This article originally was published by Law360.com
By Michael Sochor and Dan Ovanezian
Many companies are now aware that if they incorporate open-source software into their products, there are specific terms and conditions that go along with the grant of the use of the particular OSS that are spelled out in license(s) accompanying the OSS. Ramifications for failing to abide by such terms and conditions may not only subject companies to liability for copyright infringement and court order injunctions against continued use of the software but also may require exposing a company’s proprietary software source code, which incorporates the OSS, to open sourcing.
Therefore, it is very important that companies implement an open-source compliance program and understand not only the various different OSS licenses and obligations, but also understand the differences that exist between programs and programming languages that may seem to be the same.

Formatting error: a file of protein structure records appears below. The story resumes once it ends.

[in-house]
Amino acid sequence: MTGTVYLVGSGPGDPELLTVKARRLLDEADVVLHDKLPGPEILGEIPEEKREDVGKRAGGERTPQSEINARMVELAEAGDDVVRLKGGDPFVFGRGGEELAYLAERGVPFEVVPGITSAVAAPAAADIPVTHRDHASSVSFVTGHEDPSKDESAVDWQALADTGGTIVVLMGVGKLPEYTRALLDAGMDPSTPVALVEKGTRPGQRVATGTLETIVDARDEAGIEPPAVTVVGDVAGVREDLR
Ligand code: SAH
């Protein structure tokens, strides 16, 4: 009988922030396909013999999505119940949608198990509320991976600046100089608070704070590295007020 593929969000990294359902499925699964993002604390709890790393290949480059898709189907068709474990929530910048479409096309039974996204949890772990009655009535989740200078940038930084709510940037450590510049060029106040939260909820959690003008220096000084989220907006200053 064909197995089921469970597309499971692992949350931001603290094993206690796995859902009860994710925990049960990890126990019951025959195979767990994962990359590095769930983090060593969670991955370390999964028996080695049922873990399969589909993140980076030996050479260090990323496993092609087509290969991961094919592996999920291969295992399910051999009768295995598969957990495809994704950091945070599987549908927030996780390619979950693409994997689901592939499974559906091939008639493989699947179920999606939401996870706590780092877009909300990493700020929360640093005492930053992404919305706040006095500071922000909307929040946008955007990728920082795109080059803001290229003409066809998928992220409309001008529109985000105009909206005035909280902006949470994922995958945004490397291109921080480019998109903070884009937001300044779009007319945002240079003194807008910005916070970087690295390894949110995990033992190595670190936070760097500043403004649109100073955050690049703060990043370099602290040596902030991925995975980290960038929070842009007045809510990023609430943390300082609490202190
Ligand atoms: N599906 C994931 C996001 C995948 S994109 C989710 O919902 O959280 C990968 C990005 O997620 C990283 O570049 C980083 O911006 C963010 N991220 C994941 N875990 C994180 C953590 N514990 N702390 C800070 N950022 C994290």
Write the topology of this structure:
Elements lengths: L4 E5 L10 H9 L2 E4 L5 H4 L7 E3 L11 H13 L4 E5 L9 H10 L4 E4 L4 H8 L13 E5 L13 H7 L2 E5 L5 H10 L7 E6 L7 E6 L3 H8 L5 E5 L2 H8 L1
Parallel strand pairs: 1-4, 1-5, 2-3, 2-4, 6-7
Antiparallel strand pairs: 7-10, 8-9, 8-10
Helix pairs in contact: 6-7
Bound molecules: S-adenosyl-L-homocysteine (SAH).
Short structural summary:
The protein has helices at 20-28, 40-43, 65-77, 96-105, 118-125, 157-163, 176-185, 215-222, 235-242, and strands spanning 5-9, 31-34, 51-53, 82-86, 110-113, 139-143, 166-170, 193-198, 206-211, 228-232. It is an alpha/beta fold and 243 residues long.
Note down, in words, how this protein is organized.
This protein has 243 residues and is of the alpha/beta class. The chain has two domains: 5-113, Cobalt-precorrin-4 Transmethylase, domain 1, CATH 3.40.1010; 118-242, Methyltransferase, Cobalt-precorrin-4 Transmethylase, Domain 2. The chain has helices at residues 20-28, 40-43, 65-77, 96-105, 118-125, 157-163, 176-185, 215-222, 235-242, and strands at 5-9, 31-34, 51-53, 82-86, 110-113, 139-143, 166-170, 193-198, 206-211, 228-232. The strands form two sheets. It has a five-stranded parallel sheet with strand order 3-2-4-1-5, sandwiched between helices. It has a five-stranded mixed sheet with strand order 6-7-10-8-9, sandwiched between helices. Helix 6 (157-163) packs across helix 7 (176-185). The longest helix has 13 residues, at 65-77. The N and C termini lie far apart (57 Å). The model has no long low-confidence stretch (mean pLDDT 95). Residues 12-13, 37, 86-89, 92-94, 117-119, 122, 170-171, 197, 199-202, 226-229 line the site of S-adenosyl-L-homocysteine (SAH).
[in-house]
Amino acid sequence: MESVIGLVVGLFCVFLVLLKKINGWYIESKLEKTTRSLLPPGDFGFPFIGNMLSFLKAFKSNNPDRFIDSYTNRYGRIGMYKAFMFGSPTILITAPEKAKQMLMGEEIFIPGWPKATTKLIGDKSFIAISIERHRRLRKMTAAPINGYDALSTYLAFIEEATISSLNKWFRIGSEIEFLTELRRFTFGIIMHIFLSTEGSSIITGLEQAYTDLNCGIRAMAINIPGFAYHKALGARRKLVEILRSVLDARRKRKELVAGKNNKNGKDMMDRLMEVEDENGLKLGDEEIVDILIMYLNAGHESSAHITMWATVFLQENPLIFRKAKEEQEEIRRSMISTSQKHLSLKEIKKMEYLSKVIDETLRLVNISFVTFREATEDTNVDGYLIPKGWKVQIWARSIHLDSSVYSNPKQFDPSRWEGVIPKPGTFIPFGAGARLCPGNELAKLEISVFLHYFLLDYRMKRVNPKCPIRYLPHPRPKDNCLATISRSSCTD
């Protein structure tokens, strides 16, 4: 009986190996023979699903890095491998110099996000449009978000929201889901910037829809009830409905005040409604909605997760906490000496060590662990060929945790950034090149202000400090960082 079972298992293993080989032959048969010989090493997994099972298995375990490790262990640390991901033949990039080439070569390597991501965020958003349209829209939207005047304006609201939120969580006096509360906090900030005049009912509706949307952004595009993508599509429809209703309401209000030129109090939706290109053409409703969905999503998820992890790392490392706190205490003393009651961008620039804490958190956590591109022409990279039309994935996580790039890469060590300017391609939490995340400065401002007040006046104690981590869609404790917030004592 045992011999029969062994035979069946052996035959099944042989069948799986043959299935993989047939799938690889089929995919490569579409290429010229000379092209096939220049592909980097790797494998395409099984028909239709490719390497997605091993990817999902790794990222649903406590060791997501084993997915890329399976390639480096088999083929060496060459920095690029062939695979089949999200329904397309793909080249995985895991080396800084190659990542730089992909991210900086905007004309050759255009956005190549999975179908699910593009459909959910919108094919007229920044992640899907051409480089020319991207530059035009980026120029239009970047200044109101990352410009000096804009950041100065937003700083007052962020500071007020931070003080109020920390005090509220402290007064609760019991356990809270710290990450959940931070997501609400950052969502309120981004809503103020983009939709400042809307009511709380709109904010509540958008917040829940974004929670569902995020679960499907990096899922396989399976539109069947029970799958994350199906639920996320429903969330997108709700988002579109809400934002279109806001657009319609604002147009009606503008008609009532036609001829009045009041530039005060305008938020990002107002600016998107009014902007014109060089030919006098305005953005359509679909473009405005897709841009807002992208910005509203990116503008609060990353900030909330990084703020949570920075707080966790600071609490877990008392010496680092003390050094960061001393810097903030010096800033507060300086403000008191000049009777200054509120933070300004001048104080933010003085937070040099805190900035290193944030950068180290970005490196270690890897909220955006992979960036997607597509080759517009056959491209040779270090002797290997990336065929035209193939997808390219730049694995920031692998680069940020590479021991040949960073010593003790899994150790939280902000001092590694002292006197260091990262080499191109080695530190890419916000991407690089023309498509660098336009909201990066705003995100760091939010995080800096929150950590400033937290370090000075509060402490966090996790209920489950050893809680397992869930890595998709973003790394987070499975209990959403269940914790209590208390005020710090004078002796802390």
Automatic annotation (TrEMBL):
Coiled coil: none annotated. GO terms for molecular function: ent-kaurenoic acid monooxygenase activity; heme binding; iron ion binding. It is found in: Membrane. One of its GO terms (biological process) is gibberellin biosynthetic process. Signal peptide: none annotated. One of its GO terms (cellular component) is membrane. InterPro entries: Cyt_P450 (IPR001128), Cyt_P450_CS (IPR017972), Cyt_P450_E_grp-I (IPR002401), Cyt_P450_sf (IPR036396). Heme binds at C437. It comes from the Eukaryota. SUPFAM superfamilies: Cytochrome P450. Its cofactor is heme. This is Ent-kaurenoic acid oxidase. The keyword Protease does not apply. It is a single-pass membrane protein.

(Note that variations in situations or licenses may require different approaches to be taken in order to comply with open-source licenses.)
Michael Sochor is director of intellectual property at ForeScout Technologies Inc.
Dan Ovanezian is a partner at Womble Bond Dickinson LLP and an adjunct professor at Santa Clara University School of Law.
The opinions expressed are those of the author(s) and do not necessarily reflect the views of the firm, its clients, or Portfolio Media Inc., or any of its or their respective affiliates. This article is for general information purposes and is not intended to be and should not be taken as legal advice.